DIY Grooming for Gorgeous Brows, According to a Celebrity Stylist
This is part of our new weekly series called Test Drive, where our team of beauty experts demystify products and tools, as well as explore new techniques IRL.
For years, I've relied on pros to keep my thick brows in check. Every month or two, I usually head to the salon for a brow grooming service and, after some artful tweezing and trimming, leave feeling polished and put together—the same feeling I get after a good haircut. At home, I use a pencil or powder to give them some definition, but, except for plucking an obvious stray hair here or there, I didn't mess with the shape.
Obviously, this strategy needed revising during the lockdown. My overgrown brows were looking wild, so I spoke to Joey Healy, celebrity brow stylist, and owner of Joey Healy Brow Studio in New York City, for some DIY advice. ″Learning how to do some general clean up and shaping is a must now,″ says Joey, who assured me I could actually tweeze and trim at home. ″The goal of a home brow shaping is to make them tidy and clean and presentable." With my new brow know-how, I'm feeling confident about maintaining an artful arch at home.
Tip 1: Get the Right Tools
You can find complete brow tool kits for home grooming, though you may only need or two items to round out what you already have. Healy recommends stainless-steel slant-tip tweezers, a spoolie brush for combing, and a pair of small sharp scissors, ideally your designated cosmetic scissors (so you don't have to borrow the ones your husband uses to trim nose hair, Healy says). What you don't need: A magnifying mirror. Pros assess your whole face to create a balanced brow shape. If you come in too close, you may lose that perspective and over-tweeze. Try the Joey Healy Essential Tools Kit ($55, Amazon).
Find everything you need to perfect your brows at home in this kit, including tweezers, double-ended brush and spoolie, a dermaplane tool for peach fuzz hairs, and pressure scissors that you can use with either hand.
Tip 2: Figure Out Your Shape
To shape your brows, you need to know where they should begin, end, and arch. (Here's where beauty videos and expert tutorials are helpful.) One trick is to use a pencil (or squeeze your tweezers together) to map out the perimeters. You want the front of the brows to align with the bridge of the nose. Next, align the pencil with the corner of the nose to the outer corner of the eye; that line is where the end of the tail should hit. The arch is more personal, but generally, it should start about two-thirds the way up the brow. ″You don't want it to be in the center of the brow, which is a common mistake I see,″ Healy says. Remember, when it comes to tweezing, less is more; stay away from the brow bone. The areas away from the brow bone (like the dead center of your brows, the forehead, the upper eyelid, and the bridge of the nose) are the safest spots to tweeze.
Tip 3: Trim a Little Off the Top
Tweezers are probably the most popular tool associated with brow grooming, but I've discovered that scissors are crucial for managing my genetically bold brows. My dark brow hairs are long and feathery, so yanking out one wrong hair would leave a noticeable hole in my brow. With a teeny-tiny trim, I can tidy up the top line while retaining fullness. Only snip a tiny bit off the top of the hair. ″Hold the scissors at an angle and trim one hair at a time. You don't want to trim in a straight line because it will make the brow appear blunt, which doesn't look natural," Healy says.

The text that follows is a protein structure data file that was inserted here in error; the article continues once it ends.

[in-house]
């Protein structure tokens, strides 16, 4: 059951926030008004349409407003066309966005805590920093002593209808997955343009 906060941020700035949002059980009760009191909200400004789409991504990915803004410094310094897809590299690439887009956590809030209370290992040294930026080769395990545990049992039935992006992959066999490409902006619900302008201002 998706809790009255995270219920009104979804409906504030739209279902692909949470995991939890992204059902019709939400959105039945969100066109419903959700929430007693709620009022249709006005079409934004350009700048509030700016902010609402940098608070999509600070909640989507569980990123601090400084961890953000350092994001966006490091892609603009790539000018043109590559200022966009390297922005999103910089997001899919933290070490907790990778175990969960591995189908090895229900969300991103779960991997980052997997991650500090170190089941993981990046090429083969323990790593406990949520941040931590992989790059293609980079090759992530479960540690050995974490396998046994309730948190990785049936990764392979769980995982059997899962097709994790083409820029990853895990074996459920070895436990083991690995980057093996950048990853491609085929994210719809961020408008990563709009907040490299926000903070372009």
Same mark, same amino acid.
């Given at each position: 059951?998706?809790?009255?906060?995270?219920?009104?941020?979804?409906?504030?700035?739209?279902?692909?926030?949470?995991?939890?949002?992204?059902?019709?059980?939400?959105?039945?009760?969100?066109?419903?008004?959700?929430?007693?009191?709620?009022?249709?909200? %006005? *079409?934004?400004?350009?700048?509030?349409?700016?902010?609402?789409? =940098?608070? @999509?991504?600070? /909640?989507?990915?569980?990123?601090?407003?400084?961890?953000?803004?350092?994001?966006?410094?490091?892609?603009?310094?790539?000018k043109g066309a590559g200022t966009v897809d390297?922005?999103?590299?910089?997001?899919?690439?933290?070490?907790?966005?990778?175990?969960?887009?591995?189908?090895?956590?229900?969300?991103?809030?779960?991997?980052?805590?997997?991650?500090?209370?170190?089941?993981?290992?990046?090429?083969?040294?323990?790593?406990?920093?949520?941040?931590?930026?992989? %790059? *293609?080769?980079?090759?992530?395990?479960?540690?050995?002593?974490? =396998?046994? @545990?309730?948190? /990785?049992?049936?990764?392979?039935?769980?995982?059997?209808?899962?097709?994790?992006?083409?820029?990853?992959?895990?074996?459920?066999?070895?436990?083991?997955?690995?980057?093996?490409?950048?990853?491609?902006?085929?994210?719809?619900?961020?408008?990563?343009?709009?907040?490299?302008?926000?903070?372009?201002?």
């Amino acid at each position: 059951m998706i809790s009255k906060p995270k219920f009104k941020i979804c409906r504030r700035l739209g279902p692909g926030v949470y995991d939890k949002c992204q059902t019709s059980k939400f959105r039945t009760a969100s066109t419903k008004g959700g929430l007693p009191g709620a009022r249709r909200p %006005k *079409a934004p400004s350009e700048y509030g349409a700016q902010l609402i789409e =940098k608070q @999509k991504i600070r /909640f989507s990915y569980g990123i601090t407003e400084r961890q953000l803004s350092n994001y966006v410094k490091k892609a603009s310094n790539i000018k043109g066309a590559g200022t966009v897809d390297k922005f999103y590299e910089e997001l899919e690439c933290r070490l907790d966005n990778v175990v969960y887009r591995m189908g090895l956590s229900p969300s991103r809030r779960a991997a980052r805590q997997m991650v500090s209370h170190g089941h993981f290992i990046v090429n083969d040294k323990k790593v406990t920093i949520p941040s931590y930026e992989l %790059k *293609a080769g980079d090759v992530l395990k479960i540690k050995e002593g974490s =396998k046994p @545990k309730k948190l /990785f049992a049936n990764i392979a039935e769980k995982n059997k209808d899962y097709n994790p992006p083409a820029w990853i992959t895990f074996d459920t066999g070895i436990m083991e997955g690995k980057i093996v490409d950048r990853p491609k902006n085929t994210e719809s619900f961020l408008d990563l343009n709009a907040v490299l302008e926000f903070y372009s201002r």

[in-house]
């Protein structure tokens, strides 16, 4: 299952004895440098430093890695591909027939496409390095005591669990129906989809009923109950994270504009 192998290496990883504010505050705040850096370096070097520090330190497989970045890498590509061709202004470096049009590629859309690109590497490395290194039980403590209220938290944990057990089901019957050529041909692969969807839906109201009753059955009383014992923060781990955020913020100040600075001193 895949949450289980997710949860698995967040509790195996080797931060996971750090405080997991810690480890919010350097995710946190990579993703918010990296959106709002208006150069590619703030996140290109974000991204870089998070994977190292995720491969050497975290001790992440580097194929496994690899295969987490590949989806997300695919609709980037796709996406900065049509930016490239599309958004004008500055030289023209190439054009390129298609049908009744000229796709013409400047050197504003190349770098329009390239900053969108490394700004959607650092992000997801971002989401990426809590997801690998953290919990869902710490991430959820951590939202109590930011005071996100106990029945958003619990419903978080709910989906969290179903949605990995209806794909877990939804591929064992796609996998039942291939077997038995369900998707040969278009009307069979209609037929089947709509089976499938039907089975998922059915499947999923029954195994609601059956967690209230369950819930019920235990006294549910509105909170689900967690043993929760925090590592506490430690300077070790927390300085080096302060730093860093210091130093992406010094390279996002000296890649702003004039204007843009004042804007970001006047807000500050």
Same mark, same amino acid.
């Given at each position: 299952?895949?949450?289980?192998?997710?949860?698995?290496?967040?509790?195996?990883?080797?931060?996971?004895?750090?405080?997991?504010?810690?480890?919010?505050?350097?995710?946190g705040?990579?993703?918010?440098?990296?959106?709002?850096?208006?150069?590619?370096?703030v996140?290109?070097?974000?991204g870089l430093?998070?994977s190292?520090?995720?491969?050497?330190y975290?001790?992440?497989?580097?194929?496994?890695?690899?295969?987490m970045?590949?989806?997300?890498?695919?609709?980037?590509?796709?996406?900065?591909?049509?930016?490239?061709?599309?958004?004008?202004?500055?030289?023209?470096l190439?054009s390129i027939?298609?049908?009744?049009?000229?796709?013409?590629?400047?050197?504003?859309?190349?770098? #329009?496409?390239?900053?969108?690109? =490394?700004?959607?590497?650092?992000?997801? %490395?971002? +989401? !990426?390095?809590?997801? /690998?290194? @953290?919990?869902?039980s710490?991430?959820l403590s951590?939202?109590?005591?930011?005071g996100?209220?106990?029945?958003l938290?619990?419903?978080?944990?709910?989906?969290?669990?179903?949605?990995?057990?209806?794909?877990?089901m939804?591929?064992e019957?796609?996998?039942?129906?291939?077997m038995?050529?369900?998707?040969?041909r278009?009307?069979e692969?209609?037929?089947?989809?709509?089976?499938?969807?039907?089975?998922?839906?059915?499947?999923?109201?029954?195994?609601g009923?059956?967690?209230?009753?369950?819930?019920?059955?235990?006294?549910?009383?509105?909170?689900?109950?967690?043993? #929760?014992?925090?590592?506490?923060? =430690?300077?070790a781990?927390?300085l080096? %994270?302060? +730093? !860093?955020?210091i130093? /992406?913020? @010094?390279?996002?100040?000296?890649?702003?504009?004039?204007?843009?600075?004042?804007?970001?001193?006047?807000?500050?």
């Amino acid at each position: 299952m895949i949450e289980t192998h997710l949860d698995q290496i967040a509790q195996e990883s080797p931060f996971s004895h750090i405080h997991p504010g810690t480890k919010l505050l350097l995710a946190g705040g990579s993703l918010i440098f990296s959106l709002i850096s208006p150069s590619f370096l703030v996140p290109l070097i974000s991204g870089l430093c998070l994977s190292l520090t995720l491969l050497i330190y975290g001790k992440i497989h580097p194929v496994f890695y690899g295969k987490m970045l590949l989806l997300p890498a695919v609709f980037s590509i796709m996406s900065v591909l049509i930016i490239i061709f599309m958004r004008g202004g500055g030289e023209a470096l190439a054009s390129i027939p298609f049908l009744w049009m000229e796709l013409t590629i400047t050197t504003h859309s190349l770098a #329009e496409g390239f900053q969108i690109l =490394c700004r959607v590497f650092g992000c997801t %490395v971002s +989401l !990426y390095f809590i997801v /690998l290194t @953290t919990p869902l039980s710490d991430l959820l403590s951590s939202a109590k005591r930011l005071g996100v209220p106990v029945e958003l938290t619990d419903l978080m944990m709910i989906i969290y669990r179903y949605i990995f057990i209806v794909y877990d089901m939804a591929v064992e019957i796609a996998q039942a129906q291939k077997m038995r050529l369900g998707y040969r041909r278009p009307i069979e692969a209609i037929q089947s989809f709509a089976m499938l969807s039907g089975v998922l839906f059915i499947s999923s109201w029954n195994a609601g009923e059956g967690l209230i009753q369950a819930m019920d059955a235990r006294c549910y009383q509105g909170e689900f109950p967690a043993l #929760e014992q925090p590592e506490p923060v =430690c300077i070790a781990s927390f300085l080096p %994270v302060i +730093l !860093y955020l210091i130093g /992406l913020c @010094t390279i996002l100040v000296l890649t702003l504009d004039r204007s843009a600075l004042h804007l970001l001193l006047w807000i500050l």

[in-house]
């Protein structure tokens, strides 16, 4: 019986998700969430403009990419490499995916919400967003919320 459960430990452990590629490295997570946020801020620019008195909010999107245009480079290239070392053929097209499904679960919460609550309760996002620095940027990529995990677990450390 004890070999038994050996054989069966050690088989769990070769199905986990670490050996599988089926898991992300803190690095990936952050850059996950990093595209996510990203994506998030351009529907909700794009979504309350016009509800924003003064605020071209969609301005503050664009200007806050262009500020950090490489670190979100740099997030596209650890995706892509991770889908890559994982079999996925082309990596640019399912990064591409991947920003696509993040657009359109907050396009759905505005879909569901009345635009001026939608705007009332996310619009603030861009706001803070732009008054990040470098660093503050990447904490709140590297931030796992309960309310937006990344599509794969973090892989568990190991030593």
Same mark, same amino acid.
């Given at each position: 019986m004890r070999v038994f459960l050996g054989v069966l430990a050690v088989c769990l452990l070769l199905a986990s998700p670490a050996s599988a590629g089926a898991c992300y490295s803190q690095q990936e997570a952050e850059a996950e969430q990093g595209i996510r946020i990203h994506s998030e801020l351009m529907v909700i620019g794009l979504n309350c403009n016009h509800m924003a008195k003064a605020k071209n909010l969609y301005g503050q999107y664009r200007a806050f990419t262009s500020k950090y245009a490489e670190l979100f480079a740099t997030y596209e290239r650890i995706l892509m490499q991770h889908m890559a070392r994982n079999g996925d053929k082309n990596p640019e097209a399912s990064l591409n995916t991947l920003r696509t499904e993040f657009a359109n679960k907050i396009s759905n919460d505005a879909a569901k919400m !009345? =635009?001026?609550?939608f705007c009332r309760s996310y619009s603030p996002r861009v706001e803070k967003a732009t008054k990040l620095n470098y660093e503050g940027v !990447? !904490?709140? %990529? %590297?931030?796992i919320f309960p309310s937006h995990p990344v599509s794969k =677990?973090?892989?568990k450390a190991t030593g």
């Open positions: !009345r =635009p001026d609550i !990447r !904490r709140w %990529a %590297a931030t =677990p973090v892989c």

Another great pro tip: Brush your brows upward with brow gel or clear mascara before you trim them. I like the Anastasia Beverly Hills Clear Brow Gel ($22, Sephora). It has a nice amount of hold without getting flaky during the day and is perfect for casual days when I want a natural, fluffy look without adding color. The gel also holds the hairs in place, so you don't have to worry about them moving as you snip. When in doubt, only tackle the obvious stragglers—the longest hairs that stick out the most. ″A little snip of the ends where they kink or bend," Healy says.
Tip 3: Define with Makeup
Once your brows are in good shape, you can fill in any patchy spots or thin areas with makeup or style them a bit, playing with the texture and intensity. Here are some brow products to get you started.
Tinted brow gel deposits a sheer layer of color as you comb it through your brows, adding volume with a few light strokes. You can also use it over pencil and powder to set your brows. In my experience, it’s best to apply tinted gel to the center and tail of the brow first, so there’s less product on the brush when you get to the front of the brow.
“A pencil allows you to build a little more geometry into the brow. Use it to slightly heighten the arch or extend the tail,” Healy says. I tend to reach for a pencil the most because it’s quick and versatile; you can also get soft definition by using a light hand and blending the color with a spoolie brush.
A brow pen allows you to draw hairlike strokes, so it’s a good option for sparse brows that could use extra coverage. (The effect looks similar to microblading, the professional semipermanent tattoo technique). The color doesn’t move once you apply it, which is great for staying power, but it also means you can’t blend the color so it will be more obvious than pencil or powder.
Pomades add texture along with rich, creamy color, which is ideal for creating bold or dramatic brow and for richer skin tones. Sometimes people with richer skin tones need more definition to make brows pop, and a pomade provides a deeper level of contrast, Joey says. Like powder, you need a brow brush to apply it.